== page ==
This article was written by Deanna Averill
What a year 2020 has been. It was to have been a year of focus for the future. It started with such promise. But then, IT happened — COVID-19. IT came hard and turned our world upside down. By March, a “new normal” was developing. Schools went online, churches and restaurants closed. A square of toilet paper was not to be found in the stores.
At first we thought it was not going to last very long, maybe just a couple of weeks before life could resume. But that was not the case. It is now moving into September and the world is a different place. Schools will reopen soon, but in a hybrid style that most have not seen before. Churches are either virtual or having service in the parking lots. Restaurants are limiting the number of tables being served. Oh yeah, don’t forget your mask when you want to go into a building.
The main thing the virus has encouraged us all to do is to take stock in our lives as to what is really important. How can we socialize and maintain friendships during a time of isolation without exposing ourselves to the virus? Many of us have had Zoom calls with friends, coworkers and family. We are now coming up with creative ways to meet with our friends while social distancing and following guidance from the professionals.
There are some who are still not comfortable with going out, even with social distancing and wearing a mask, which has made them become isolated and withdrawn. The greatest population this affects is the older adult. There are many reasons for someone to be facing isolation. They could be in a high risk group and are self-isolating for health reasons. Or maybe they don’t have the equipment or knowledge on how to video chat. Is there someone from your circle of friends that this has happened to? If so, you can encourage them to keep their chin up and to stay strong.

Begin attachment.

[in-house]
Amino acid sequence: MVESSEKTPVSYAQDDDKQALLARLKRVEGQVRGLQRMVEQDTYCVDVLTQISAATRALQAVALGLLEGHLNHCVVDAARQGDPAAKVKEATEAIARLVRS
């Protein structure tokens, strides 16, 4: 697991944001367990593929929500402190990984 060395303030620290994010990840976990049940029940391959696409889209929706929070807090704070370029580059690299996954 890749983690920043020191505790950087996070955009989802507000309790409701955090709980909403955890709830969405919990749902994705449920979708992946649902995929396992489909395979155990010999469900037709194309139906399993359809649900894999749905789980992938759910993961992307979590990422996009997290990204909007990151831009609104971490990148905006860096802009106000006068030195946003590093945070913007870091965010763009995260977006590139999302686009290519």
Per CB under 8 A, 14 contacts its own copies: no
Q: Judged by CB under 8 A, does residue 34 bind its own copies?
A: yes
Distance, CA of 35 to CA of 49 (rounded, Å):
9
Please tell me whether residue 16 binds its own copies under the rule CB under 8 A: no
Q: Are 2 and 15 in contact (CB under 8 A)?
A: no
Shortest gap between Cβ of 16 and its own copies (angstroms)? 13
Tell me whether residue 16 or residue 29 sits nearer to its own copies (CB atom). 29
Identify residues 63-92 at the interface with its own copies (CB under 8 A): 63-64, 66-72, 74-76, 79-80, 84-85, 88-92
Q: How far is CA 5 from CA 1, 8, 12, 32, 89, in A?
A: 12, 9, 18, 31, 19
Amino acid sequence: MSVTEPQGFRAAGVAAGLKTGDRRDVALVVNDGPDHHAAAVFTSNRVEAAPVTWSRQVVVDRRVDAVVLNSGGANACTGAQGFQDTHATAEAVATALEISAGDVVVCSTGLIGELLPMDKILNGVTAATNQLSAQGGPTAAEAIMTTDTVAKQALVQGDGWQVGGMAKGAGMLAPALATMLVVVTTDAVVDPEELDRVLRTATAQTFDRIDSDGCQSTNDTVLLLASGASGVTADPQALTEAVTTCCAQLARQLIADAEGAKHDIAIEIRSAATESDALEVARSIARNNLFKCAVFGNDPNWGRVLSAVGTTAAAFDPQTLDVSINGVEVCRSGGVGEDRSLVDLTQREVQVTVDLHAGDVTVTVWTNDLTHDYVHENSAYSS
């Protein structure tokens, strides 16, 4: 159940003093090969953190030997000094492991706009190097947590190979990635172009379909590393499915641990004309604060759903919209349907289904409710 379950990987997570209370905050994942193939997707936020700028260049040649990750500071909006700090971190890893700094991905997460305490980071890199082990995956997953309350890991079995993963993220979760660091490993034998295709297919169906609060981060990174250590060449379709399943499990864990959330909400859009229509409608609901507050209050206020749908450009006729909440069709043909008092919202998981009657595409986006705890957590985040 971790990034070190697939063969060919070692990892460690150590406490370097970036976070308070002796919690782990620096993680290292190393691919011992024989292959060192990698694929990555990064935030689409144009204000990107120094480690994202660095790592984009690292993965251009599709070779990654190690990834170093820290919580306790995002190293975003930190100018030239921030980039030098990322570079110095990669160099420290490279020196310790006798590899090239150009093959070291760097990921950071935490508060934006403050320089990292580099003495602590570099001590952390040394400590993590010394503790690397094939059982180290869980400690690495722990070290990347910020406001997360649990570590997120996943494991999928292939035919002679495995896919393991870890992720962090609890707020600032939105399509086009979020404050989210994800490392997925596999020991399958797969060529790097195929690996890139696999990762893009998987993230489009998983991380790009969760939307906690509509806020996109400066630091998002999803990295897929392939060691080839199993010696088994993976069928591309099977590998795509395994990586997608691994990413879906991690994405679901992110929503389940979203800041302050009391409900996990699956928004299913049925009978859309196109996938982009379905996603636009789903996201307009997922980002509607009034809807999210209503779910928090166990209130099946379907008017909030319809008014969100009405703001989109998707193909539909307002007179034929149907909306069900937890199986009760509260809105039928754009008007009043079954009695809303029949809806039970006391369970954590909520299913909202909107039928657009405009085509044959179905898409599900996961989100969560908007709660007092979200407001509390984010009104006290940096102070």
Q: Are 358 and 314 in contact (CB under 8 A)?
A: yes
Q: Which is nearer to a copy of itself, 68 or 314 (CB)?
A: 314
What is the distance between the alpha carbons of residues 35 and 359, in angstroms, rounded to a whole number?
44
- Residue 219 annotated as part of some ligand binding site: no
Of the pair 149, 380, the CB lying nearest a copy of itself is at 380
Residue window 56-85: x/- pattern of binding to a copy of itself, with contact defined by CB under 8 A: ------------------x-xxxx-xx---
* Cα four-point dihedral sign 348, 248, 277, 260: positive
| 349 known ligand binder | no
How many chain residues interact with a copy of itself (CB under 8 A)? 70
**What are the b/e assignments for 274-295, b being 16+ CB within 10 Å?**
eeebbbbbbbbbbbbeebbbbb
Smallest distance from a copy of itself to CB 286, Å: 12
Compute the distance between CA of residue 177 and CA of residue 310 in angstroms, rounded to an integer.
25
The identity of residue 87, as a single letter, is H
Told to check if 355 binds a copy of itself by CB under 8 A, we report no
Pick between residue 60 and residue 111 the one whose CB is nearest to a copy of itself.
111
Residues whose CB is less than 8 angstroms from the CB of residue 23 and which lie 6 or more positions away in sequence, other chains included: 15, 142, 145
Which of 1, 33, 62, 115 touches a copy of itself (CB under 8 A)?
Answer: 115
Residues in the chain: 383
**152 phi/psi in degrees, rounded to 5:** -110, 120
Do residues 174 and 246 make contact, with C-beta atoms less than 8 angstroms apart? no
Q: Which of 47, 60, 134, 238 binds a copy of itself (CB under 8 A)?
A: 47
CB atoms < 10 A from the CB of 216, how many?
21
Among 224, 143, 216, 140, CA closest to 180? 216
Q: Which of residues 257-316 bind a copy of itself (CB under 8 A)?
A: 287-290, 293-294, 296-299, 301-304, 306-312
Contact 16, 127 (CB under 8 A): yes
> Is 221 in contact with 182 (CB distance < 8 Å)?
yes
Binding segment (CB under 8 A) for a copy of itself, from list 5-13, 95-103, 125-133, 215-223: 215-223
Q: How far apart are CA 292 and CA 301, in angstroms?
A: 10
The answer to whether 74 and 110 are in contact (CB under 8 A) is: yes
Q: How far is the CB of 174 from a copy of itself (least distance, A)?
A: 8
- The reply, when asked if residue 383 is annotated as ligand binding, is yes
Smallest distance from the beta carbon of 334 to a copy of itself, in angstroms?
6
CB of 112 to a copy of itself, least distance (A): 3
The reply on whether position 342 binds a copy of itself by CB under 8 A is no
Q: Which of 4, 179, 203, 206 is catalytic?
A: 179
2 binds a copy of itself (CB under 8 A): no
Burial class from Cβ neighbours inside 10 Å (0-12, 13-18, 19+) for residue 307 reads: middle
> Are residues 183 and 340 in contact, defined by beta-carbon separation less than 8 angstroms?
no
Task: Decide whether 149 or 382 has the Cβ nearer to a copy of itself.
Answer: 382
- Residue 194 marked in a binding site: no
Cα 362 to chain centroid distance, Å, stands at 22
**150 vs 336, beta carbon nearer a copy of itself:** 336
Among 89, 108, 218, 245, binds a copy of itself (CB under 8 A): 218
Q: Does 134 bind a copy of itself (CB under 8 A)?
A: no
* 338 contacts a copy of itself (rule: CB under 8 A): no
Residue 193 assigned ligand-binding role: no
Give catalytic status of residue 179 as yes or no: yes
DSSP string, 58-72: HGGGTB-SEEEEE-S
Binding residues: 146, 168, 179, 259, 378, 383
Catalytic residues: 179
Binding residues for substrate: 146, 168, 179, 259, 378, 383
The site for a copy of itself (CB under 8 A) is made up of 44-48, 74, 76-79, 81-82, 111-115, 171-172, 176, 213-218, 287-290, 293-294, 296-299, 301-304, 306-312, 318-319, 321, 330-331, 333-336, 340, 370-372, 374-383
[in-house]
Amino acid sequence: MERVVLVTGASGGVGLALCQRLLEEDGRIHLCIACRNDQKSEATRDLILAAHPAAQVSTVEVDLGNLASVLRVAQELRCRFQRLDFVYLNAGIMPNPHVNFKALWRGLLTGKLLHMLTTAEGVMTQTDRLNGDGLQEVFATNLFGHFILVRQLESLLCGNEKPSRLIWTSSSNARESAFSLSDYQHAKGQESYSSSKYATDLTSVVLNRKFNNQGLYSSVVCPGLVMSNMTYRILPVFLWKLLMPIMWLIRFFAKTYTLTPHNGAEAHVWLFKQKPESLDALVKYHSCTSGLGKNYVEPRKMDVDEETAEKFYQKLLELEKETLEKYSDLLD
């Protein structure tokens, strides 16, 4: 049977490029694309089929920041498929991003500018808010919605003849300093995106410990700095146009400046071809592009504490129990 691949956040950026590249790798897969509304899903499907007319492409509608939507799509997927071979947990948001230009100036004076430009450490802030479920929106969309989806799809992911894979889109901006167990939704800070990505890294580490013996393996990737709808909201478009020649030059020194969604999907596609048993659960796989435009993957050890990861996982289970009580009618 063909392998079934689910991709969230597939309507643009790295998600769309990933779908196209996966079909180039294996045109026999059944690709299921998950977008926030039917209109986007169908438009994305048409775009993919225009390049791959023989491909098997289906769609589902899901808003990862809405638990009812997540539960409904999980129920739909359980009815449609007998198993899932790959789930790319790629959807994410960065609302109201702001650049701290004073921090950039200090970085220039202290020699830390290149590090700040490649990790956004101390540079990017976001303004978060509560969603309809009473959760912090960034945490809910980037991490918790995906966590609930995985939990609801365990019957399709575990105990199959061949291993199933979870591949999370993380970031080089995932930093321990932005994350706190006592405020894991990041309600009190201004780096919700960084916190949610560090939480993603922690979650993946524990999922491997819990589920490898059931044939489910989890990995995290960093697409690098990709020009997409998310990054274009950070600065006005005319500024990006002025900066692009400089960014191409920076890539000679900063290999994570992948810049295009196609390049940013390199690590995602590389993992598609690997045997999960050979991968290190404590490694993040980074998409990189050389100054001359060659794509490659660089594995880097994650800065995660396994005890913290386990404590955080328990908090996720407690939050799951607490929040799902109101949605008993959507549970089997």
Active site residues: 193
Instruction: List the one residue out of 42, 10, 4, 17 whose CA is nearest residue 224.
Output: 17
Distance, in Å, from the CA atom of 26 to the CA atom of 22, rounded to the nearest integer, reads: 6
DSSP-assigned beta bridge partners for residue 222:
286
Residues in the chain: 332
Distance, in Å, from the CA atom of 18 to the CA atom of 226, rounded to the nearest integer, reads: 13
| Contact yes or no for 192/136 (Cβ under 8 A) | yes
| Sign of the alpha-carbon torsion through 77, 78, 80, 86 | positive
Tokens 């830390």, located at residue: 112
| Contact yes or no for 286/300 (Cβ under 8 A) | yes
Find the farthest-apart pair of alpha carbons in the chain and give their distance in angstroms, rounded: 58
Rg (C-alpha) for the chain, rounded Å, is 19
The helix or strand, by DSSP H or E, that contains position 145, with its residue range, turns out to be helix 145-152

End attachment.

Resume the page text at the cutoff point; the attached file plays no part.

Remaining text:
There are ways you can reach out to the isolated: Send them a card letting them know that you are thinking of them. Call to see if they need any help or offer to get them groceries from the store. Offer to help set up a video call so they can talk to their family and friends. Reach out to organizations that can help as well — for example, Little Brother Friends of the Elderly (littlebrothermn.org) is a non-profit volunteer-based organization that is committed to relieving isolation and loneliness among the elderly. They match volunteers with older adults for companionships, events, referrals and advocacy. Many times both the volunteer and the older adult find such value through their relationships. And for the folks who love to read, the Minneapolis Library will mail books to their home.
Soon the warm days of summer will be a thing of the past and Jack Frost will be nipping at our noses again. Now is the time to reach out and be a neighbor/friend to those that need you the most. We are all in this together. With compassion and understanding we will see things in better focus in 2021. So chin up – stay strong.